Justia Tax Law Opinion Summaries

Articles Posted in Supreme Court of Georgia
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After approximately ten years of litigation, the Georgia Supreme Court granted a second petition for certiorari in a dispute over the refund of millions of dollars in Georgia sales and use taxes that allegedly violated a federal statute. In 2010, New Cingular Wireless PCS, LLC and three other AT&T Mobility subsidiaries (collectively, “AT&T”) filed refund claims with the Georgia Department of Revenue seeking the return of the sales and use taxes that AT&T had collected from its customers and turned over to the Department. In 2015, the Department denied the claims, and AT&T filed a complaint in DeKalb County Superior Court to compel the refunds. In 2016, the trial court dismissed the complaint on grounds: (1) a Georgia regulation required “dealers” like AT&T to return the sums collected from their customers before applying to the Department for a refund of the illegal taxes; (2) AT&T lacked standing to seek refunds of taxes for periods prior to May 5, 2009, the effective date of the General Assembly’s amendment to the refund statutes to allow dealers to seek refunds on behalf of their customers; and (3) AT&T’s claims amounted to a class action barred by the refund statutes. In its first certiorari review, the Georgia Supreme Court reversed that ruling, holding that the regulation, as properly construed, did not require dealers to return the sums collected before applying for a refund. On remand, the Court of Appeals upheld the trial court’s ruling that AT&T lacked standing to seek refunds for periods prior to the effective date of the 2009 amendments to the refund statutes allowing dealers to seek refunds on behalf of their customers. The issue presented in the second petition for certiorari review was whether plaintiffs lacked standing to file the refund claims. The Supreme Court determined AT&T was statutorily granted representational standing to recover wrongfully paid sums on behalf of and for the benefit of its customers. To the extent, therefore, that the Court of Appeals held that AT&T lacked standing to file a claim on behalf of its customers for any taxes for periods before May 5, 2009, the Court of Appeals’ judgment was erroneous and had to be reversed. View "New Cingular Wireless PCS, LLC v. Dept. of Revenue" on Justia Law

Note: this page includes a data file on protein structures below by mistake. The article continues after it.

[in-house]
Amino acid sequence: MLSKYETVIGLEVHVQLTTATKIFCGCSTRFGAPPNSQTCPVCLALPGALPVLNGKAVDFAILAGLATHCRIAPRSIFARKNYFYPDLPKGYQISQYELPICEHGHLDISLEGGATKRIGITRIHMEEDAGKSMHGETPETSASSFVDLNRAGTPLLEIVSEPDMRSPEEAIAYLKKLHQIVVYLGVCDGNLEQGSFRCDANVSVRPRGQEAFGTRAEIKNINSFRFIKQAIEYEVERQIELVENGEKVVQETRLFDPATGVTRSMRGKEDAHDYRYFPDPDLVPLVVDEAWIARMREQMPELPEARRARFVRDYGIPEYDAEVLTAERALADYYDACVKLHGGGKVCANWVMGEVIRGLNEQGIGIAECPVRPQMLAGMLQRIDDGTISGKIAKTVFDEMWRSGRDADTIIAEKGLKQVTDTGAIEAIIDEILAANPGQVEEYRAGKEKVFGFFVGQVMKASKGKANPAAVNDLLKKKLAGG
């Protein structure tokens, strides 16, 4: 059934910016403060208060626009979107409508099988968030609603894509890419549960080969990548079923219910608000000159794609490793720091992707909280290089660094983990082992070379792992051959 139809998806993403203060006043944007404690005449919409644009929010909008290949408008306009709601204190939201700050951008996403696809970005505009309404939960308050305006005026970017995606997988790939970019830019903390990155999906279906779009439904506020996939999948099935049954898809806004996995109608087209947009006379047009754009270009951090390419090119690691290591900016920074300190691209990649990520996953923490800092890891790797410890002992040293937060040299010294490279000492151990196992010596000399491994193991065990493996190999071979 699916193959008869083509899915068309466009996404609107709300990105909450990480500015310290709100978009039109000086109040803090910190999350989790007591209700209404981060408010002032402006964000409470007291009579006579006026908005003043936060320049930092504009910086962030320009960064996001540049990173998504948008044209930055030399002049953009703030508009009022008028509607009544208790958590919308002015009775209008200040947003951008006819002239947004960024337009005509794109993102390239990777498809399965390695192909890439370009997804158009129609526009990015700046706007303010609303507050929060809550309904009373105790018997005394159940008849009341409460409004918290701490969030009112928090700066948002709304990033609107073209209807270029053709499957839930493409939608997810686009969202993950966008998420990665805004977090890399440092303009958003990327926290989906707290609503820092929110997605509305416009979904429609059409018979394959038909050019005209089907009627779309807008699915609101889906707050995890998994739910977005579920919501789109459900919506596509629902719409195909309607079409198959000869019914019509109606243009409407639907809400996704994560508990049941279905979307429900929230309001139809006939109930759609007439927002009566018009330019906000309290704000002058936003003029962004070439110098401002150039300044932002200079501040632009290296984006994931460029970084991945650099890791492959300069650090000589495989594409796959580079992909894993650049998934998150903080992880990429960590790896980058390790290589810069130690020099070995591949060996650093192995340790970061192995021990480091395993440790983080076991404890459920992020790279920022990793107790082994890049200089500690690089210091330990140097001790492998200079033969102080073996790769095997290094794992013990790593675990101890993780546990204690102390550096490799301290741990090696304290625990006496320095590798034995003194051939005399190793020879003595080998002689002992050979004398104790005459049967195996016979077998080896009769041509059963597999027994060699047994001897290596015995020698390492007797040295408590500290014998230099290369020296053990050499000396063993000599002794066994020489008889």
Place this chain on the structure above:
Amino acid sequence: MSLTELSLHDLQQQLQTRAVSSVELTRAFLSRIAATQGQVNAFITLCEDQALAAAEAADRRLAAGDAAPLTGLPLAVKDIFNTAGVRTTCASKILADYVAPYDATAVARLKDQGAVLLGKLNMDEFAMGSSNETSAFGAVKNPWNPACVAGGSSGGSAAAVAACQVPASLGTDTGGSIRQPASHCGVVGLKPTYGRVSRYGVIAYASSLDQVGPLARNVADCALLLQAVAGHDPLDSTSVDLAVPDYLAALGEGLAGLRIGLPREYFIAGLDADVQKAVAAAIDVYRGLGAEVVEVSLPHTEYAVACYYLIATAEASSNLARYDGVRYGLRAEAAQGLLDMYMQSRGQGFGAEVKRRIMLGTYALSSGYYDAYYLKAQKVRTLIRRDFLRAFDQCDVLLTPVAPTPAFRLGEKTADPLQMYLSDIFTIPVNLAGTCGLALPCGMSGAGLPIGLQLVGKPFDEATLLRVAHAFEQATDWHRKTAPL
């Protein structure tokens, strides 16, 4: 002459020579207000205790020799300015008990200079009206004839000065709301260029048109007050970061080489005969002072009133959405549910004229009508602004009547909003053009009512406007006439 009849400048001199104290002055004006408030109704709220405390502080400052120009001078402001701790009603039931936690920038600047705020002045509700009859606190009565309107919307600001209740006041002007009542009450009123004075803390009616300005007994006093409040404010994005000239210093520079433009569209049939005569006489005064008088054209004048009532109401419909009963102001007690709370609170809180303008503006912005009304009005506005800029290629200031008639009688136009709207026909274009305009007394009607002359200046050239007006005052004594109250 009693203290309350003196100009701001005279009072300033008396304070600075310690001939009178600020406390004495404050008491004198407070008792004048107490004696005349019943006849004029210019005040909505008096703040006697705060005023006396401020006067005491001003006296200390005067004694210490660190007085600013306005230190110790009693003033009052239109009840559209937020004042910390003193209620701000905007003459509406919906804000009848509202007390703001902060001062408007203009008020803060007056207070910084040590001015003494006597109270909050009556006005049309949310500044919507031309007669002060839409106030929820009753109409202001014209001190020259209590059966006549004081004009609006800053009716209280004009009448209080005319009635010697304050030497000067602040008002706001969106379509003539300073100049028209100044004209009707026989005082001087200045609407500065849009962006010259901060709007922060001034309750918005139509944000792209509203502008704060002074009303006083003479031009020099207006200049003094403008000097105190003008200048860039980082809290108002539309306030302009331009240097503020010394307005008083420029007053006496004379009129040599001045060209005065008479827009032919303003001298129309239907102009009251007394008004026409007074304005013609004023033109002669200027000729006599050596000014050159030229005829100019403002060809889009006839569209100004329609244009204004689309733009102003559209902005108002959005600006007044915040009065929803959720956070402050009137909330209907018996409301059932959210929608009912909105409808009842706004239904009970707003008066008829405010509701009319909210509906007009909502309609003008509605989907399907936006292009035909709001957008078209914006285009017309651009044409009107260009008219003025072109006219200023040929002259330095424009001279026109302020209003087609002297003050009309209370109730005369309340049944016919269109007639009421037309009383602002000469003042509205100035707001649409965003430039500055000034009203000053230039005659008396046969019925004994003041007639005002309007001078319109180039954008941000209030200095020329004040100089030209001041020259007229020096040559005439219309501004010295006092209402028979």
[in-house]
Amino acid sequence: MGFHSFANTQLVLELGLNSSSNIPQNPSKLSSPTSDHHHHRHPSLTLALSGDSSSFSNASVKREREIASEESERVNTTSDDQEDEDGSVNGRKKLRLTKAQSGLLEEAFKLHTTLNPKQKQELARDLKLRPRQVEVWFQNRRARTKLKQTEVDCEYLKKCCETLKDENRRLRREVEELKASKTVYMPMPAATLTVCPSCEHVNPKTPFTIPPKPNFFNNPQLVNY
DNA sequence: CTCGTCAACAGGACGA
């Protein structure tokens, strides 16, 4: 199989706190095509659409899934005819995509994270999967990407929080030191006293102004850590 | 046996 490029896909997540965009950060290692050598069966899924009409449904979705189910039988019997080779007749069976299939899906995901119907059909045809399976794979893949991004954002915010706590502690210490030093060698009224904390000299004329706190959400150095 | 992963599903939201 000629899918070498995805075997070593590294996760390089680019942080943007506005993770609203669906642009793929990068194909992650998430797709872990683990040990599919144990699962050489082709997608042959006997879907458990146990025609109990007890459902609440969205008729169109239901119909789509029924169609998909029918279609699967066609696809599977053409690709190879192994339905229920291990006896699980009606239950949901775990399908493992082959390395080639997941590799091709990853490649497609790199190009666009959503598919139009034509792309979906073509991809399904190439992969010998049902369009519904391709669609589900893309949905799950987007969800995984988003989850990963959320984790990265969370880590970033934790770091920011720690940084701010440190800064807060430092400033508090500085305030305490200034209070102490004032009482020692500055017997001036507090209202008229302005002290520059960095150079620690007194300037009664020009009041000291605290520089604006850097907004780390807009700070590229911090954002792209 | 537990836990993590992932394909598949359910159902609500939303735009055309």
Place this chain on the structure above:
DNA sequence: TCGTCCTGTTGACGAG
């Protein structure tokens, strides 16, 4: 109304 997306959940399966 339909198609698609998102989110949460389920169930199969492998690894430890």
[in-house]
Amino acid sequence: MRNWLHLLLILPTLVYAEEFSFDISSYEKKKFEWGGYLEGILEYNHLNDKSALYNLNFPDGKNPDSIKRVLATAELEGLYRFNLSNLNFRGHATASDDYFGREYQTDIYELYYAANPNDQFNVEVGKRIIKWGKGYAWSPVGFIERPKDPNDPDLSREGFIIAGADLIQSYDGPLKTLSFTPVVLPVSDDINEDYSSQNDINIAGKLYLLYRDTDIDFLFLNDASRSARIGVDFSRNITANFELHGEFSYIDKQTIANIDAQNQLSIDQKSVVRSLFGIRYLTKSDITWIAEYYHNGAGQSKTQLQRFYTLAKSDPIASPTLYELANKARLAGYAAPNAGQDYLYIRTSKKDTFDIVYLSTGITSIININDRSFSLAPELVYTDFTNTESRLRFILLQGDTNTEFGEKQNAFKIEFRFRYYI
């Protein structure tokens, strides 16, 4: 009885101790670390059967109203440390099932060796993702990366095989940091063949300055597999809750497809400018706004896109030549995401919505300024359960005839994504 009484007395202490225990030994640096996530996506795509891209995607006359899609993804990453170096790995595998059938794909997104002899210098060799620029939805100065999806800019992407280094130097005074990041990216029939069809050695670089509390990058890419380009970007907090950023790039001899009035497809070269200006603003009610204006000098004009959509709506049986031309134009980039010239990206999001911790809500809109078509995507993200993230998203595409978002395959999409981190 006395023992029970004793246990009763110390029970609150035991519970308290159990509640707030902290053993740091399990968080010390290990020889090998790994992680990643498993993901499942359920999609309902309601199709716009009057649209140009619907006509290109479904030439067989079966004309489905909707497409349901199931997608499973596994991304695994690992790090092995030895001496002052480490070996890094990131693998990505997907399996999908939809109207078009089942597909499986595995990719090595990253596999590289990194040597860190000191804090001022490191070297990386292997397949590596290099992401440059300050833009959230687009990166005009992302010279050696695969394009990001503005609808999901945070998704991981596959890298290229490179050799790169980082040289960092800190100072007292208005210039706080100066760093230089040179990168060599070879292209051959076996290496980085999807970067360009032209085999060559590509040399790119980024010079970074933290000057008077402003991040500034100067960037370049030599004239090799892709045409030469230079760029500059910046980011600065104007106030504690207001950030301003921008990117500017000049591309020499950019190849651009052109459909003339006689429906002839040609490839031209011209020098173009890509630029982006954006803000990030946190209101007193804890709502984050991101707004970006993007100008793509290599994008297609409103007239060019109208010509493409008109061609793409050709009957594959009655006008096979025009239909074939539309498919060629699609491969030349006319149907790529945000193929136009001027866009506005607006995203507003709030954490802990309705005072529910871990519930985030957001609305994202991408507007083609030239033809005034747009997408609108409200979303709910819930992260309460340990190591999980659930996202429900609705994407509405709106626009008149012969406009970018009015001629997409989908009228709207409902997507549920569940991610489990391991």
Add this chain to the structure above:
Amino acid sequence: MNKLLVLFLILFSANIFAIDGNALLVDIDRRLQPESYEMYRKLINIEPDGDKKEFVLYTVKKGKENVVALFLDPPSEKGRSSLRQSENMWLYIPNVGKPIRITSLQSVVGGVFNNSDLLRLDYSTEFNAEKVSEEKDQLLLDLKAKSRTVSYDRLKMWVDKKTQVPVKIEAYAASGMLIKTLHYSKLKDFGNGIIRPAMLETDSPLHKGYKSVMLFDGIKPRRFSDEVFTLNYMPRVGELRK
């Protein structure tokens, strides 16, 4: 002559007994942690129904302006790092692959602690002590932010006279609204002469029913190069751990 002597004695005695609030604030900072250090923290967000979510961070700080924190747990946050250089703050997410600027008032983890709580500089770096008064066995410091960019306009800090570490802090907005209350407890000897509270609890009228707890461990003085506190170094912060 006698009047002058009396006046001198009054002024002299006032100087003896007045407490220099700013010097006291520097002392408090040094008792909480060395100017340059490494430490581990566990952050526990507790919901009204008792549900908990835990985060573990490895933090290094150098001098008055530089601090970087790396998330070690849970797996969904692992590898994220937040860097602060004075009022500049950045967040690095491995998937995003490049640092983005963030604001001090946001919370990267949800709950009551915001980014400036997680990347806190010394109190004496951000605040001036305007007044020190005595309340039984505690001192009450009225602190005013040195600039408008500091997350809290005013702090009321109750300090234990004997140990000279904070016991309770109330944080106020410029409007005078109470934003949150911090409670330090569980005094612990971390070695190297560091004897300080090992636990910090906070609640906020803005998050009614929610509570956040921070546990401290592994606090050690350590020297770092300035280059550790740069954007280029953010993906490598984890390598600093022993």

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In its second appearance before the Georgia Supreme Court, the dispute between appellee Lowndes County Board of Tax Assessors (“the Board”) and eight partnerships which built and operated affordable housing apartment complexes (“Section 42 properties”) in Lowndes County (collectively, “Appellants”), with the help of federal and state Low Income Housing Tax Credits (“LIHTCs” or “Section 42 Tax Credits”), in connection with which they executed Land Use Restrictive Covenants. The dispute this time turned on the valuation of those tax credits when calculating ad valorem real property taxes. The Supreme Court determined the trial court had subject matter jurisdiction to decide this case, and that LIHTCs did not constitute “actual income” for purposes of OCGA 48-5-2 (3) (B) (vii) (II). Moreover, OCGA 48-5-2 (3) (B) (vii) (I) and (II) did not run afoul of the Georgia Constitution’s taxation uniformity provision. Accordingly, the Court reversed the judgment of the trial court. View "Heron Lake II Apartments, LP v. Lowndes County Board of Tax" on Justia Law